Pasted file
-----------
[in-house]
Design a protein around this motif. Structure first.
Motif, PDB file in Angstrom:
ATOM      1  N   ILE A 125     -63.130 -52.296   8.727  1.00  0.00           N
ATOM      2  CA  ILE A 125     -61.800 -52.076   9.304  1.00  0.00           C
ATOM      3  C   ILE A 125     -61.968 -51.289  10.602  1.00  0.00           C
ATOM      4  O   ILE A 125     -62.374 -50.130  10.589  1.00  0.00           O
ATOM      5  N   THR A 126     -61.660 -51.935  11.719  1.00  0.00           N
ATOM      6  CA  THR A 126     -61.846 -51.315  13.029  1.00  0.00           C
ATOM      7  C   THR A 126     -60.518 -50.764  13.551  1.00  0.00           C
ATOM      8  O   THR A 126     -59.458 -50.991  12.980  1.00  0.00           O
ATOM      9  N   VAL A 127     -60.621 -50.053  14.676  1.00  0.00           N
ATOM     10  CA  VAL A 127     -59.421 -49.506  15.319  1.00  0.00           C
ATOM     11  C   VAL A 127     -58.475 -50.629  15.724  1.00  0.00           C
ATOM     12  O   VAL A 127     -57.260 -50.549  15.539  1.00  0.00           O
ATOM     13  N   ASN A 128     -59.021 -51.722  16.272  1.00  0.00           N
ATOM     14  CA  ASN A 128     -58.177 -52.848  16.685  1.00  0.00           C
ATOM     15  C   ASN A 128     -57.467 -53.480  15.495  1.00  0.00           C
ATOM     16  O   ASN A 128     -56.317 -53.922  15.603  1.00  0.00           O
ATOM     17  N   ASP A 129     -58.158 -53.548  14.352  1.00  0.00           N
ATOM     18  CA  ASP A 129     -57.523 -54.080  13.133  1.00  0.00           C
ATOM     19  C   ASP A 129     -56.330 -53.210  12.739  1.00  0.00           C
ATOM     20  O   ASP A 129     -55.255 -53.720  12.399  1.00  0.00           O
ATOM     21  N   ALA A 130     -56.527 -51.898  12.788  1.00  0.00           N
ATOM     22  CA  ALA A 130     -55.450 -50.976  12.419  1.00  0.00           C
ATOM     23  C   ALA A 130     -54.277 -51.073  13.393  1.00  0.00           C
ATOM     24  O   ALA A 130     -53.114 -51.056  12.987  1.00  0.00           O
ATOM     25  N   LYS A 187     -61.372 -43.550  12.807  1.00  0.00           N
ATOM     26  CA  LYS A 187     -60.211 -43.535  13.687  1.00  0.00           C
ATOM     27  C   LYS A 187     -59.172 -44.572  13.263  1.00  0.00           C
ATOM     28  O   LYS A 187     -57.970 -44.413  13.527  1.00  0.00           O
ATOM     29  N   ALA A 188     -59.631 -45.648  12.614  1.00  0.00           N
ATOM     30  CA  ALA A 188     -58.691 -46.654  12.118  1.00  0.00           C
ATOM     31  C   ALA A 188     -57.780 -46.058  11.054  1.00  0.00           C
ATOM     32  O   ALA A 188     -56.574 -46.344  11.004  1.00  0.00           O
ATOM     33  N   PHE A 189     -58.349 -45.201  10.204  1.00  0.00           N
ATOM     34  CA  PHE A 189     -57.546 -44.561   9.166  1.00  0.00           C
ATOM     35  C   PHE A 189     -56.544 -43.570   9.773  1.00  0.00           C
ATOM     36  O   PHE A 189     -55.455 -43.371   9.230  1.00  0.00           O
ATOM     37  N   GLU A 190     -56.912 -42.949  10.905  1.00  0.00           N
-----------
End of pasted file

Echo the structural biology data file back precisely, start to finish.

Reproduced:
[in-house]
Design a protein around this motif. Structure first.
Motif, PDB file in Angstrom:
ATOM      1  N   ILE A 125     -63.130 -52.296   8.727  1.00  0.00           N
ATOM      2  CA  ILE A 125     -61.800 -52.076   9.304  1.00  0.00           C
ATOM      3  C   ILE A 125     -61.968 -51.289  10.602  1.00  0.00           C
ATOM      4  O   ILE A 125     -62.374 -50.130  10.589  1.00  0.00           O
ATOM      5  N   THR A 126     -61.660 -51.935  11.719  1.00  0.00           N
ATOM      6  CA  THR A 126     -61.846 -51.315  13.029  1.00  0.00           C
ATOM      7  C   THR A 126     -60.518 -50.764  13.551  1.00  0.00           C
ATOM      8  O   THR A 126     -59.458 -50.991  12.980  1.00  0.00           O
ATOM      9  N   VAL A 127     -60.621 -50.053  14.676  1.00  0.00           N
ATOM     10  CA  VAL A 127     -59.421 -49.506  15.319  1.00  0.00           C
ATOM     11  C   VAL A 127     -58.475 -50.629  15.724  1.00  0.00           C
ATOM     12  O   VAL A 127     -57.260 -50.549  15.539  1.00  0.00           O
ATOM     13  N   ASN A 128     -59.021 -51.722  16.272  1.00  0.00           N
ATOM     14  CA  ASN A 128     -58.177 -52.848  16.685  1.00  0.00           C
ATOM     15  C   ASN A 128     -57.467 -53.480  15.495  1.00  0.00           C
ATOM     16  O   ASN A 128     -56.317 -53.922  15.603  1.00  0.00           O
ATOM     17  N   ASP A 129     -58.158 -53.548  14.352  1.00  0.00           N
ATOM     18  CA  ASP A 129     -57.523 -54.080  13.133  1.00  0.00           C
ATOM     19  C   ASP A 129     -56.330 -53.210  12.739  1.00  0.00           C
ATOM     20  O   ASP A 129     -55.255 -53.720  12.399  1.00  0.00           O
ATOM     21  N   ALA A 130     -56.527 -51.898  12.788  1.00  0.00           N
ATOM     22  CA  ALA A 130     -55.450 -50.976  12.419  1.00  0.00           C
ATOM     23  C   ALA A 130     -54.277 -51.073  13.393  1.00  0.00           C
ATOM     24  O   ALA A 130     -53.114 -51.056  12.987  1.00  0.00           O
ATOM     25  N   LYS A 187     -61.372 -43.550  12.807  1.00  0.00           N
ATOM     26  CA  LYS A 187     -60.211 -43.535  13.687  1.00  0.00           C
ATOM     27  C   LYS A 187     -59.172 -44.572  13.263  1.00  0.00           C
ATOM     28  O   LYS A 187     -57.970 -44.413  13.527  1.00  0.00           O
ATOM     29  N   ALA A 188     -59.631 -45.648  12.614  1.00  0.00           N
ATOM     30  CA  ALA A 188     -58.691 -46.654  12.118  1.00  0.00           C
ATOM     31  C   ALA A 188     -57.780 -46.058  11.054  1.00  0.00           C
ATOM     32  O   ALA A 188     -56.574 -46.344  11.004  1.00  0.00           O
ATOM     33  N   PHE A 189     -58.349 -45.201  10.204  1.00  0.00           N
ATOM     34  CA  PHE A 189     -57.546 -44.561   9.166  1.00  0.00           C
ATOM     35  C   PHE A 189     -56.544 -43.570   9.773  1.00  0.00           C
ATOM     36  O   PHE A 189     -55.455 -43.371   9.230  1.00  0.00           O
ATOM     37  N   GLU A 190     -56.912 -42.949  10.905  1.00  0.00           N